If you live on a working farm or ranch, you may have a farm/ranch policy instead of the standard homeowner’s policy. That will cover commercial activities on the farm or ranch and may cover your horse activities. If you have extensive horse activities, then you probably need coverage directed specifically at those activities.

If you care for other people’s horses by providing stalls, corrals or pasture for them or train the horses of others, the standard liability policy may not cover your negligent injury to those horses. You may need to obtain specific coverage for the care, custody and control of those horses. That might require obtaining a separate policy.

Reading the Policy
There is no doubt that under the law you have the obligation to understand what coverage is and is not being included by an insurance policy. Policies were formerly written in legal language that was difficult for the reader to understand. Now, many are written in plainer English or at least contain plain English summaries of the legal language.

The truth, however, is that most people who go to the trouble to purchase an insurance policy do not read it--they just put it in the shoe box where they keep such documents and then forget about it. Only if an accident occurs and a claim is made do they then discover what coverage they have purchased. That is unfortunate but preaching against the practice will not change it.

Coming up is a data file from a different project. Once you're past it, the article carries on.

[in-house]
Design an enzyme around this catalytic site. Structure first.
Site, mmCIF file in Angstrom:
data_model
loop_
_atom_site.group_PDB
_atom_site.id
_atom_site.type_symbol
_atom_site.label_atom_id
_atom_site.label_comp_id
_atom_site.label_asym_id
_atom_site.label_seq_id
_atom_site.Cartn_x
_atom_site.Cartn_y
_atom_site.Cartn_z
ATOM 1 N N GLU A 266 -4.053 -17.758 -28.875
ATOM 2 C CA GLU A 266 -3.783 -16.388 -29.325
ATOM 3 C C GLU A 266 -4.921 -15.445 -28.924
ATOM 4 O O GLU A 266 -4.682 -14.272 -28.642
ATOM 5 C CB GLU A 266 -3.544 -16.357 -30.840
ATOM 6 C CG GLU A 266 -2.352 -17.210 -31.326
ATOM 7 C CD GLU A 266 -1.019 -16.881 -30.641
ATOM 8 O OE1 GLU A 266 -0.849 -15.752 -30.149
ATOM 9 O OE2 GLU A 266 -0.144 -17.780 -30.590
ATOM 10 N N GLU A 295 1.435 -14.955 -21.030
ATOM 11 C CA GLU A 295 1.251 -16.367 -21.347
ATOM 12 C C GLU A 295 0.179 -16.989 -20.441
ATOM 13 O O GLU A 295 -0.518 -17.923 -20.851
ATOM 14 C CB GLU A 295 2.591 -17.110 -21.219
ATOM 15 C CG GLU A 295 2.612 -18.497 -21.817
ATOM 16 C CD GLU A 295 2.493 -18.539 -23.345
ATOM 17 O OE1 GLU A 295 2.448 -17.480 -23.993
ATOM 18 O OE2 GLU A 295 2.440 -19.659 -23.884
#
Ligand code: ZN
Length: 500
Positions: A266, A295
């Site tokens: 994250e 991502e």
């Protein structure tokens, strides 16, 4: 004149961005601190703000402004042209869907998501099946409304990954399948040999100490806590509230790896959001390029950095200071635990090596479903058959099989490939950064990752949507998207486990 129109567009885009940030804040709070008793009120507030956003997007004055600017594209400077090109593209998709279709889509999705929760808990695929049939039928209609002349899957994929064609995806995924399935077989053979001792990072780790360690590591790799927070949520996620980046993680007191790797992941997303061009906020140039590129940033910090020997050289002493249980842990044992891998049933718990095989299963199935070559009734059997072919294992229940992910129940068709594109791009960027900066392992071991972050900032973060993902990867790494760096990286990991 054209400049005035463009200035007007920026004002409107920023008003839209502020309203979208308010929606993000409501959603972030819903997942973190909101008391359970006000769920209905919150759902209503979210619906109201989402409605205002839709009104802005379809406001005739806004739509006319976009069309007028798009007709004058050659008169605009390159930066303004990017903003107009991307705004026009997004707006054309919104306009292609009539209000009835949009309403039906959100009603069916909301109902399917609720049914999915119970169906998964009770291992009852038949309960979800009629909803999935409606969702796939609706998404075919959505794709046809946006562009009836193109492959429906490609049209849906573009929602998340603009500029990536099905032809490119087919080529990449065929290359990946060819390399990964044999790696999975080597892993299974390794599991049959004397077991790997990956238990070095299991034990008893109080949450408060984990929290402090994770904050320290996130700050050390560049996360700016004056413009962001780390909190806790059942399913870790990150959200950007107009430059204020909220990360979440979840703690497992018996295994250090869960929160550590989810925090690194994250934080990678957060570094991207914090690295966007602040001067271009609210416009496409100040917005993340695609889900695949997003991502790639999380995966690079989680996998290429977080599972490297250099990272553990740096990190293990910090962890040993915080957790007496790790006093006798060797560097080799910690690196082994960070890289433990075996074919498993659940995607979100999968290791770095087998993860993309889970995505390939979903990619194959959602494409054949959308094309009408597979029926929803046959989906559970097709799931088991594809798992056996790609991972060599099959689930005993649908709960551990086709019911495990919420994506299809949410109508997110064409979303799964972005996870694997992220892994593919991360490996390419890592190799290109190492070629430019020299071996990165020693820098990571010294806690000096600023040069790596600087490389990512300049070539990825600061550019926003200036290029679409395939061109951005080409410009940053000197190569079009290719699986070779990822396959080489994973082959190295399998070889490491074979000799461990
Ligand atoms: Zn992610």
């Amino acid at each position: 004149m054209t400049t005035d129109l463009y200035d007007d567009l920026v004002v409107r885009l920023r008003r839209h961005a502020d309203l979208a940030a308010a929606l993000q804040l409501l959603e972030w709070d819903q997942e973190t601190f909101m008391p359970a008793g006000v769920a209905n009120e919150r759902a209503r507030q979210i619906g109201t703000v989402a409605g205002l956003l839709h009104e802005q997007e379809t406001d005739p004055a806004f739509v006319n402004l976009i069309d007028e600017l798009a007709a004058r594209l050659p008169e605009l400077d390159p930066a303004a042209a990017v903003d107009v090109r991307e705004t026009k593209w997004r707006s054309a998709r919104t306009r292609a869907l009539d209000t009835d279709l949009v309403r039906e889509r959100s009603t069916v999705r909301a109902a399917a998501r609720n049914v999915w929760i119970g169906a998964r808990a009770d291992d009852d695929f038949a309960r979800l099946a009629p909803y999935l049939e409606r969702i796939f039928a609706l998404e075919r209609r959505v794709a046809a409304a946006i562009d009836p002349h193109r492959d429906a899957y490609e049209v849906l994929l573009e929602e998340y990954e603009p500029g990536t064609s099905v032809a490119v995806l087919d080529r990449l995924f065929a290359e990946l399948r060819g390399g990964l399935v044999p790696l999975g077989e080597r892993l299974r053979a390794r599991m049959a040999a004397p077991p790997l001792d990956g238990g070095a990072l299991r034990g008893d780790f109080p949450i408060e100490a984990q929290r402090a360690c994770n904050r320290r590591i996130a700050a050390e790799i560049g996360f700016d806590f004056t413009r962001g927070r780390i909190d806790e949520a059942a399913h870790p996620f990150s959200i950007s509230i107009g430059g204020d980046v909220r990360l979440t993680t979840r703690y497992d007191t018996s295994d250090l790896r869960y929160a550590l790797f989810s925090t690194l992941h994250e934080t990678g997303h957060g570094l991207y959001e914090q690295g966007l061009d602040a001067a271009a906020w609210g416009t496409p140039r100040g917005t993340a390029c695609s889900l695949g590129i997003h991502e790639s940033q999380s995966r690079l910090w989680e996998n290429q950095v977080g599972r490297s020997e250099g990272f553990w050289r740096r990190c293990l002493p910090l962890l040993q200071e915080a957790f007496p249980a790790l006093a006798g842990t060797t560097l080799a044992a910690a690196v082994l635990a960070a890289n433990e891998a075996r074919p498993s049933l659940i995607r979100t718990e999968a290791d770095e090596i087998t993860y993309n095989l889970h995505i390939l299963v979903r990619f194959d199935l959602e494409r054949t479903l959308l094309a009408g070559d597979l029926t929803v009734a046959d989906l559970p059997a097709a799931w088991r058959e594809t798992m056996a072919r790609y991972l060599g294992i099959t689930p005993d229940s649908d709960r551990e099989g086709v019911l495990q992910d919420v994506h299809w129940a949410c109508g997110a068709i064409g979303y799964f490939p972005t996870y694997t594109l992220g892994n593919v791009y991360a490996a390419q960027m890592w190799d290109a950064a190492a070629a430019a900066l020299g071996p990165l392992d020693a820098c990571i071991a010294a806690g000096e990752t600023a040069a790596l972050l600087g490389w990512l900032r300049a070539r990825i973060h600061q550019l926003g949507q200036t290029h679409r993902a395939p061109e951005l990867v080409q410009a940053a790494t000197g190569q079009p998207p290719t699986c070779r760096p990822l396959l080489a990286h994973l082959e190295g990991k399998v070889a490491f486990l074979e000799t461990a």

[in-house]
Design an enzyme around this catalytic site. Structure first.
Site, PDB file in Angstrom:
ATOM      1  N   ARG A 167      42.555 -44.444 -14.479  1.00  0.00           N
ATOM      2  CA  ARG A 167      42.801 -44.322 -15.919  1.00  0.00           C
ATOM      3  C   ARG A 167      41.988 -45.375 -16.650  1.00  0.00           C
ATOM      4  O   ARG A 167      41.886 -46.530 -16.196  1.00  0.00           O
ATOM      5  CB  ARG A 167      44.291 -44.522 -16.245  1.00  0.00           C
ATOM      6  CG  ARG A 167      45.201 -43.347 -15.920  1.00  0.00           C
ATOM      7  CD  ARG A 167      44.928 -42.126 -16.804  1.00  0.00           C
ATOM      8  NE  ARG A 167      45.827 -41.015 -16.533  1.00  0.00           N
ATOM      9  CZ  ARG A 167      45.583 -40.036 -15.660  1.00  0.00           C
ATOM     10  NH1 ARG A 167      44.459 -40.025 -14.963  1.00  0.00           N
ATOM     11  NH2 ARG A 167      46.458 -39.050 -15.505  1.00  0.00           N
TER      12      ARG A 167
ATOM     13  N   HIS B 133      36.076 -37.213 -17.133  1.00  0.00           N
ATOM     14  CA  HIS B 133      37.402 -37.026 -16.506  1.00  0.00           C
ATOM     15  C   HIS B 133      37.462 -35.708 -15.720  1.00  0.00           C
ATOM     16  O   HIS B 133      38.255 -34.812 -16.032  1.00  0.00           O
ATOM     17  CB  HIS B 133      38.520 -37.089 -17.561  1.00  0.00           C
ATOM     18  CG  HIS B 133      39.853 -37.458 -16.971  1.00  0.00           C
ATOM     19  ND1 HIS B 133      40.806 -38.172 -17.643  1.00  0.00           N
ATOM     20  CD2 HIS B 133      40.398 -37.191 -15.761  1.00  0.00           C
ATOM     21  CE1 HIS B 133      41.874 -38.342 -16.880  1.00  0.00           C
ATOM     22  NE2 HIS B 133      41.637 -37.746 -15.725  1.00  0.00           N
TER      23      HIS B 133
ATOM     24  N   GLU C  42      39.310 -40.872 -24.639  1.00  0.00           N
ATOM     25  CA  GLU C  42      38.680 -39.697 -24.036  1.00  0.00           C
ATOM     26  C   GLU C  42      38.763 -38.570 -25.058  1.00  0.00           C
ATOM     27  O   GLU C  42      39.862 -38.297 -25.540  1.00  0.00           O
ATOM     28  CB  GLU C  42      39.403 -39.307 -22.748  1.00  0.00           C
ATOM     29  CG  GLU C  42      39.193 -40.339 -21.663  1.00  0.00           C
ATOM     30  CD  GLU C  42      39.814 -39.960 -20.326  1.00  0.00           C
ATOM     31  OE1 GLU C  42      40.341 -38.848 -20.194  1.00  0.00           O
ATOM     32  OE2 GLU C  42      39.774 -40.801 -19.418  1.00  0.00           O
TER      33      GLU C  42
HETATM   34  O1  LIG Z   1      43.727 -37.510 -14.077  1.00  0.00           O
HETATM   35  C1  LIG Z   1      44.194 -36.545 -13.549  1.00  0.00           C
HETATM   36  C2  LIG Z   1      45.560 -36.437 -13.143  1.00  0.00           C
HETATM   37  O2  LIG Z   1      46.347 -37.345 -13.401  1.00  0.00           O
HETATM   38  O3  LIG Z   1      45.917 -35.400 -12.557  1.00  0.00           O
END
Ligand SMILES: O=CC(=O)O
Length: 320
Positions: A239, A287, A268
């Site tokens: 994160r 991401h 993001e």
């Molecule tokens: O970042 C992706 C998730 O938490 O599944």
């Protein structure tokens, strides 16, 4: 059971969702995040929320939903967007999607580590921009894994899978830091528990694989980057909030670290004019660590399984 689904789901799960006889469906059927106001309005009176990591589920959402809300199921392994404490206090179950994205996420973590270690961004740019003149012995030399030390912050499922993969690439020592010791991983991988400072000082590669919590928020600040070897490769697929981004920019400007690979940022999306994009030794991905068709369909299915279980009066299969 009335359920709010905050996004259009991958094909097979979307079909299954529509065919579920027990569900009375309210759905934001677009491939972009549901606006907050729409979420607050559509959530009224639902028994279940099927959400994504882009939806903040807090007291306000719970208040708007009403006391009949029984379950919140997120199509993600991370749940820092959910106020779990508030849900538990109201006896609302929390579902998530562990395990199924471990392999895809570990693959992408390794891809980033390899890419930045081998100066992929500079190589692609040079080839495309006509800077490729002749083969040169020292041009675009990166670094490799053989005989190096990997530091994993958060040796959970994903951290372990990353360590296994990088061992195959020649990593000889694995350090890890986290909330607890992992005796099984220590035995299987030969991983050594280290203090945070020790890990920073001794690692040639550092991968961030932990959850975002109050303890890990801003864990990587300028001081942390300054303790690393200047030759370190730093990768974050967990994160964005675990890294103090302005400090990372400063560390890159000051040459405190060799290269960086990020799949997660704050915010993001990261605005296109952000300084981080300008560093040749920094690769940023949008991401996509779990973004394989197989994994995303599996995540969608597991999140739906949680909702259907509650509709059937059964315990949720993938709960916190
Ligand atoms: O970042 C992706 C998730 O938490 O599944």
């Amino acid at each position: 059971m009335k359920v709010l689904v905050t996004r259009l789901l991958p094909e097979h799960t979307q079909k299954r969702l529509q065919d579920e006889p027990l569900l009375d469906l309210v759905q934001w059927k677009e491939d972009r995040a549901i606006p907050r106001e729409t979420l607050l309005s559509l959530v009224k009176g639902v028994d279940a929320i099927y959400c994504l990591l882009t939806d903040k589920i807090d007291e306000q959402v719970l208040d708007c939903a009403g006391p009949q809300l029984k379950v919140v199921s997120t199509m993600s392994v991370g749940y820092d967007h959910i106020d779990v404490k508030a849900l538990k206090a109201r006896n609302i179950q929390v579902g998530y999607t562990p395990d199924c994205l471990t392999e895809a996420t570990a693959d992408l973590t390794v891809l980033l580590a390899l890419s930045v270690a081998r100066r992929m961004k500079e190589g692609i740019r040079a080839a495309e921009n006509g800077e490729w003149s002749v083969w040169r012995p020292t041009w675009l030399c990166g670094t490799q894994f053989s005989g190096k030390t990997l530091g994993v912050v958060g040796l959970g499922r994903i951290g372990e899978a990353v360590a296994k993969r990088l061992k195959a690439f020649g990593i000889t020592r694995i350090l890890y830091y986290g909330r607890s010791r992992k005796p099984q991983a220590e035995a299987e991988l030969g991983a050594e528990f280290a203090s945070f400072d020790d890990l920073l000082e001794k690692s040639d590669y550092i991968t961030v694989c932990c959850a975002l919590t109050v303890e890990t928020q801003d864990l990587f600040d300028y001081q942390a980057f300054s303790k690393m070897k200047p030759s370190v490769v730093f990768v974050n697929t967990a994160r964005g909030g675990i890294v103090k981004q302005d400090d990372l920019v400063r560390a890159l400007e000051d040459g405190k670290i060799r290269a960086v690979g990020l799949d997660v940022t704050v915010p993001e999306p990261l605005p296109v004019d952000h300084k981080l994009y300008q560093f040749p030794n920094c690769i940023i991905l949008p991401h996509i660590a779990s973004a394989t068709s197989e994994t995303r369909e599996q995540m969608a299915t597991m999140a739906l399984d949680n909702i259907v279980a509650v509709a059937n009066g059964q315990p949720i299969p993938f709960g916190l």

If you can’t bring yourself to read the policy before or at the time of purchase, at least you can ask the right questions of the agent who is selling you the policy. Horse owners secretly know that their love of equines creates special insurance needs. Many deal with this reality by steadfastly ignoring it. “If I don’t mention the problem, maybe it will go away.” There is also a fear that raising the horse activity coverage question when talking with the agent may lead the agent to refuse to sell you the policy or may greatly increase the cost of the policy.

Ignoring the issue is a terrible mistake. If the policy doesn’t cover your particular horse activities, the insurance company is pretty unlikely not to realize that when a claim is made under the policy. Then it is too late to insure the risk because it has already occurred. You should have thought out your horse coverage questions, written them down, and then asked the agent about them before purchasing the policy. If the agent says that your horse activity is covered, ask him to point out the language in the policy that provides that coverage. If he can’t, go elsewhere for insurance coverage. That way you don’t have to read the entire policy--which very few do--but can focus in on the specific issue of concern to you--your horse addiction. You are ordinarily bound by the language of the policy not the oral representations of the agent, but asking the questions will at least prevent the agent from selling you the wrong policy out of ignorance of its coverage.